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Are the Kids Alright? How Gen Z Girls’ Well-Being Compares With Their Mothers’ and Grandmothers’ Teenage Years

The second in a series of three blogs on our "Losing More Ground" report.

This blog is based on findings from “Losing More Ground,” PRB’s new Population Bulletin, published November 30.

No one denies that the teen years are hard. But are they harder than they were in the past?

As the next generation of young women nears adulthood, we took a closer look at Gen Z girls, ages 15 to 19, and how their well-being compares with previous generations of teenagers. What we found is a mixed bag: While they are faring better on measures of education, political representation, and teen birth rates, these gains are tainted by an alarming rise in suicide and a slew of new challenges not faced by previous generations of girls their age.

Today’s teenage girl faces new challenges related to climate change as she plans for her future. Her middle school and high school years were upended by the COVID-19 pandemic, making her likely to feel like she’s missed out on key life experiences. The most diverse generation yet, more than 1 in 3 Gen Z youth report experiencing discrimination related to their race, ethnicity, gender, or sexuality. And the prevalence of social media in their daily lives has brought both opportunities for activism and new pressures and sources of insecurity.


Here are our major takeaways:

1. Gen Z girls are less likely to drop out of high school than previous generations. Gen Z girls’ high school dropout rate is just over half that of Millennials (4.4% compared with 8%). In the past decade, Black and Latina girls have seen the most improvement in this area, while the high school dropout rates for white girls remained stable (Figure 1). Compared with white and Hispanic peers, Black girls now have the lowest high school dropout rate.

Figure 1. Hispanic Young Women’s Dropout Rates Have Declined More But Remain Higher Than Black and White Peers
High school dropout rate (status dropout rate) for female students ages 16 to 24, by race and ethnicity

Sources: PRB, Index of Young Women’s Well-Being; National Center for Education Statistics (NCES), “Table 219.7: Percentage of High School Dropouts Among Persons 16 to 24 Years Old (Status Dropout Rate), by Sex and Race/Ethnicity: Selected years, 1960 Through 2021”; and U.S. Census Bureau, American Community Survey.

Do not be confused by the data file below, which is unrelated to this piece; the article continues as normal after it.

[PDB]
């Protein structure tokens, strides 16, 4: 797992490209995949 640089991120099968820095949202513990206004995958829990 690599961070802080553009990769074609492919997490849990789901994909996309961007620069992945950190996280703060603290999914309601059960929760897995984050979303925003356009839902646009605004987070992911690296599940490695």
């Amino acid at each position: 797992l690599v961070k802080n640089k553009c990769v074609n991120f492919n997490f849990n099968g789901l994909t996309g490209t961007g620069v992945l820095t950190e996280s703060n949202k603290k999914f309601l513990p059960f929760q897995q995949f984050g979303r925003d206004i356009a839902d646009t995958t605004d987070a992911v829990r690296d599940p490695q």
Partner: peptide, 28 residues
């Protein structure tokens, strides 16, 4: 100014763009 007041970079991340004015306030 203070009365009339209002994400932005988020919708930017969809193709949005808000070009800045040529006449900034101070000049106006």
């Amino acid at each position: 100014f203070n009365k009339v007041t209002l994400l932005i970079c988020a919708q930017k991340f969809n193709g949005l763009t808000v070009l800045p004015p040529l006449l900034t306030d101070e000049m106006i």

2. The teen birth rate for Gen Z is nearly one-third that of Millennials. The birth rate of Gen Z girls (ages 15 to 19) has fallen sharply relative to previous generations. In 2022, the national teen birth rate hit a record low (13.5 births per 100,000 girls). Increased sexual abstinence may play a role in declining teen birth rates, yet the decrease can largely be attributed to an expansion in access to contraceptives. Most states allow minors who meet certain criteria to consent to contraceptive care, yet only 23 states allow all minors, without additional criteria, to consent to this type of care.


3. The suicide rate is alarmingly high for Gen Z teenage girls, who are more likely to die by suicide than teenage girls during the previous three generations. The suicide rate for Gen Z girls (ages 15 to 19) is 5.1 deaths per 100,000. Suicide rates for this age group ranged from 3.1 deaths to 3.9 deaths per 100,000 for the previous three generations by comparison (see Figure 2). Girls in Gen Z are coming into adulthood in a very different context than their mothers and grandmothers and face unique social, economic, and political challenges that may contribute to poor mental health relative to previous generations. The prominence of social media in young people’s daily lives, changes in policies that affect their rights, and anxiety about how climate change will affect their future further contribute to mental health impacts unique to Gen Z. Teenage girls of color and those who identify as LGBTQ (together more than one in three high school girls) are particularly vulnerable to rising suicide rates.

Figure 2. Teen Suicide Is More Common for Gen Z Girls Compared to the Past Three Generations
Young women ages 15-19, suicide deaths per 100,000

Note: Average deaths per 100,000 women 25-34 years old, 2019-2021. Icons are rounded to the nearest whole number.
Source: PRB, Index of Young Women’s Well-Being; and PRB analysis of CDC Wonder, “Underlying Cause of Death.”


4. Gen Z is witnessing record rates of female representation in government.

The percentage of congressional and state legislators who are female has grown through the generations. As Gen Z approaches young adulthood, women comprise 30.4% of legislators, 10 times the share than when Silent Generation women were young adults (3.3%) and 8 percentage points higher than for Millennials (22% in 2016). This rise may be partially attributed to the increase in civic engagement among women of this generation and to recent political events involving women’s rights. Unlike past generations, Gen Z women are more engaged in and enthusiastic about politics than men, and their involvement is expected to maintain its upward trajectory as Gen Z men and women become eligible to enter public office.”

Looking ahead to the 2024 election, millions more Gen Z youth will be eligible to vote than in 2020. And this voting bloc may be among the most diverse, with 45% of potential Gen Z voters being young people of color. As this group’s voting population grows, the influence of their values and priorities has the potential to shift policy which may improve some of the most pressing challenges facing young people today.

To learn more about how young women’s well-being has evolved throughout generations, PRB’s “Losing More Ground” report.

Join our discussion of the report’s findings at our Dec. 14, 2023, webinar.